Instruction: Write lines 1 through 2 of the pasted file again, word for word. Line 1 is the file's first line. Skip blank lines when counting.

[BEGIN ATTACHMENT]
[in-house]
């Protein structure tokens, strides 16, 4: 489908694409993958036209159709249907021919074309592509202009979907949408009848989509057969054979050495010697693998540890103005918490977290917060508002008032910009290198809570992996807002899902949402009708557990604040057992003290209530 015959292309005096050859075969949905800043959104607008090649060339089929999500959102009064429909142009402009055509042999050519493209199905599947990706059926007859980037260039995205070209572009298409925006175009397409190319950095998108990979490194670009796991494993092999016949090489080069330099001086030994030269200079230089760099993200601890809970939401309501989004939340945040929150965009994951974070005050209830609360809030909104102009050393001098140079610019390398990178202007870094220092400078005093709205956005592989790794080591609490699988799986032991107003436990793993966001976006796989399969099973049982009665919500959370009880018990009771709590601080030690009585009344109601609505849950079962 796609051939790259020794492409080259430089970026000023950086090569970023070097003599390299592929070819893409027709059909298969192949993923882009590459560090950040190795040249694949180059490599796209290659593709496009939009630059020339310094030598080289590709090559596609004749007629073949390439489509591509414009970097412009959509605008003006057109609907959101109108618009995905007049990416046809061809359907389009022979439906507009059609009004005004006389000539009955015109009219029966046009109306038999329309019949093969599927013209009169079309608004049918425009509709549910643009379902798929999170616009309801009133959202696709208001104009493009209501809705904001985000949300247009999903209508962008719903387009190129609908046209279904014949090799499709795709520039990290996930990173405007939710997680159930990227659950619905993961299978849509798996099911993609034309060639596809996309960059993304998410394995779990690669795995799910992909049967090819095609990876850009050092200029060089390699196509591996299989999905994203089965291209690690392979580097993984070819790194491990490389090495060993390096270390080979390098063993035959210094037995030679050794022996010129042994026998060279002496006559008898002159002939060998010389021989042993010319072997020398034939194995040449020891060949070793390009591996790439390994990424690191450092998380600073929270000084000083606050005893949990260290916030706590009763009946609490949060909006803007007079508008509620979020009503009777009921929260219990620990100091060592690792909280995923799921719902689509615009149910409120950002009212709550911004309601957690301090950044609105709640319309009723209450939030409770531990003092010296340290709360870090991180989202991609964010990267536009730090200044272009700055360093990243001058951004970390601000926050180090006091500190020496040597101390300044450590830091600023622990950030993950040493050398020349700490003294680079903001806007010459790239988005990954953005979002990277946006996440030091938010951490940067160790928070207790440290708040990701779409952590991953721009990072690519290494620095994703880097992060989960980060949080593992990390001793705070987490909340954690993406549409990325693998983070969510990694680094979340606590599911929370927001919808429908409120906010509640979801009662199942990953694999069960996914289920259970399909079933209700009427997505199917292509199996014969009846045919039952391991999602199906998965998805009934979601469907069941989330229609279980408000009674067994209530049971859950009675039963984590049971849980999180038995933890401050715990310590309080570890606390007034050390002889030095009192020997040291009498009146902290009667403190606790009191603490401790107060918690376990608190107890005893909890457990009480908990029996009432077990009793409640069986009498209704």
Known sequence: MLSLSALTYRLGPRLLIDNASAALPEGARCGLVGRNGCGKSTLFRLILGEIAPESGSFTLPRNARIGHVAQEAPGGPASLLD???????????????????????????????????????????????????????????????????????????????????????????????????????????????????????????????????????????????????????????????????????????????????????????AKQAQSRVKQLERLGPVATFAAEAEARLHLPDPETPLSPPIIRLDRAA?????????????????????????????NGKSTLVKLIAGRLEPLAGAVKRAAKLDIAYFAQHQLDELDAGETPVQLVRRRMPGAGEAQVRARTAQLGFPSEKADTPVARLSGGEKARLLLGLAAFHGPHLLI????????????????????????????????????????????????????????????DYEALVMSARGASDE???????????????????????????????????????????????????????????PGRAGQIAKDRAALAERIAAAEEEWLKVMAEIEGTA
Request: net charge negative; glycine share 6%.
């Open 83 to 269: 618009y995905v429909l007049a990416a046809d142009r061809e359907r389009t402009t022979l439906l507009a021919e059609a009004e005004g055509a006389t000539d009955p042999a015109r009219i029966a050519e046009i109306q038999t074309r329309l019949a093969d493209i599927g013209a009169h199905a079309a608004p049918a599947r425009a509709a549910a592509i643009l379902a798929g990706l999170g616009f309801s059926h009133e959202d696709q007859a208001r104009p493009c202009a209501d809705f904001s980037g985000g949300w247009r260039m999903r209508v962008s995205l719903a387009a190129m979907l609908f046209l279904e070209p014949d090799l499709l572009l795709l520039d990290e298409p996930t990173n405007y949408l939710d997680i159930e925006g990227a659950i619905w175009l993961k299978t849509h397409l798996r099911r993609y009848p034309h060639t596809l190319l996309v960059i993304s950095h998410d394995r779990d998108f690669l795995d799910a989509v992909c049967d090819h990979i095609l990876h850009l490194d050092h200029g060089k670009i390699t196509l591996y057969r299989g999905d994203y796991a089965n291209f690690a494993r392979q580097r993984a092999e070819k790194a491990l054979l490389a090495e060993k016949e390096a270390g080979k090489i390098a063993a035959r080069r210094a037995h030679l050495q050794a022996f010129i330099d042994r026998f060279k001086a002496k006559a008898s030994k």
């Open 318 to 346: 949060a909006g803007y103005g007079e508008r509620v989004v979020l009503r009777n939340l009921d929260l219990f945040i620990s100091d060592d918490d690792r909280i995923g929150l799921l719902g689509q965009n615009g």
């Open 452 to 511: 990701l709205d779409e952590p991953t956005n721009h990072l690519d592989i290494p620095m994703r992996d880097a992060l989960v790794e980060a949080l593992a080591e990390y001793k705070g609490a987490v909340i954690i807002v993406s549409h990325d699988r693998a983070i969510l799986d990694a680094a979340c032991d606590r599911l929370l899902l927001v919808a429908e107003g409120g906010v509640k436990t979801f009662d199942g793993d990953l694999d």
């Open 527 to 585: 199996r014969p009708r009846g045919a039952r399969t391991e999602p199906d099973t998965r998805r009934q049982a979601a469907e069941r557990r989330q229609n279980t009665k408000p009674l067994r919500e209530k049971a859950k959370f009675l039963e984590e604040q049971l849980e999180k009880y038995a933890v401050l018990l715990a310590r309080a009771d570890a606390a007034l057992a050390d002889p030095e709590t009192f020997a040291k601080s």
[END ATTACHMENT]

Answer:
[in-house]
């Protein structure tokens, strides 16, 4: 489908694409993958036209159709249907021919074309592509202009979907949408009848989509057969054979050495010697693998540890103005918490977290917060508002008032910009290198809570992996807002899902949402009708557990604040057992003290209530 015959292309005096050859075969949905800043959104607008090649060339089929999500959102009064429909142009402009055509042999050519493209199905599947990706059926007859980037260039995205070209572009298409925006175009397409190319950095998108990979490194670009796991494993092999016949090489080069330099001086030994030269200079230089760099993200601890809970939401309501989004939340945040929150965009994951974070005050209830609360809030909104102009050393001098140079610019390398990178202007870094220092400078005093709205956005592989790794080591609490699988799986032991107003436990793993966001976006796989399969099973049982009665919500959370009880018990009771709590601080030690009585009344109601609505849950079962 796609051939790259020794492409080259430089970026000023950086090569970023070097003599390299592929070819893409027709059909298969192949993923882009590459560090950040190795040249694949180059490599796209290659593709496009939009630059020339310094030598080289590709090559596609004749007629073949390439489509591509414009970097412009959509605008003006057109609907959101109108618009995905007049990416046809061809359907389009022979439906507009059609009004005004006389000539009955015109009219029966046009109306038999329309019949093969599927013209009169079309608004049918425009509709549910643009379902798929999170616009309801009133959202696709208001104009493009209501809705904001985000949300247009999903209508962008719903387009190129609908046209279904014949090799499709795709520039990290996930990173405007939710997680159930990227659950619905993961299978849509798996099911993609034309060639596809996309960059993304998410394995779990690669795995799910992909049967090819095609990876850009050092200029060089390699196509591996299989999905994203089965291209690690392979580097993984070819790194491990490389090495060993390096270390080979390098063993035959210094037995030679050794022996010129042994026998060279002496006559008898002159002939060998010389021989042993010319072997020398034939194995040449020891060949070793390009591996790439390994990424690191450092998380600073929270000084000083606050005893949990260290916030706590009763009946609490949060909006803007007079508008509620979020009503009777009921929260219990620990100091060592690792909280995923799921719902689509615009149910409120950002009212709550911004309601957690301090950044609105709640319309009723209450939030409770531990003092010296340290709360870090991180989202991609964010990267536009730090200044272009700055360093990243001058951004970390601000926050180090006091500190020496040597101390300044450590830091600023622990950030993950040493050398020349700490003294680079903001806007010459790239988005990954953005979002990277946006996440030091938010951490940067160790928070207790440290708040990701779409952590991953721009990072690519290494620095994703880097992060989960980060949080593992990390001793705070987490909340954690993406549409990325693998983070969510990694680094979340606590599911929370927001919808429908409120906010509640979801009662199942990953694999069960996914289920259970399909079933209700009427997505199917292509199996014969009846045919039952391991999602199906998965998805009934979601469907069941989330229609279980408000009674067994209530049971859950009675039963984590049971849980999180038995933890401050715990310590309080570890606390007034050390002889030095009192020997040291009498009146902290009667403190606790009191603490401790107060918690376990608190107890005893909890457990009480908990029996009432077990009793409640069986009498209704």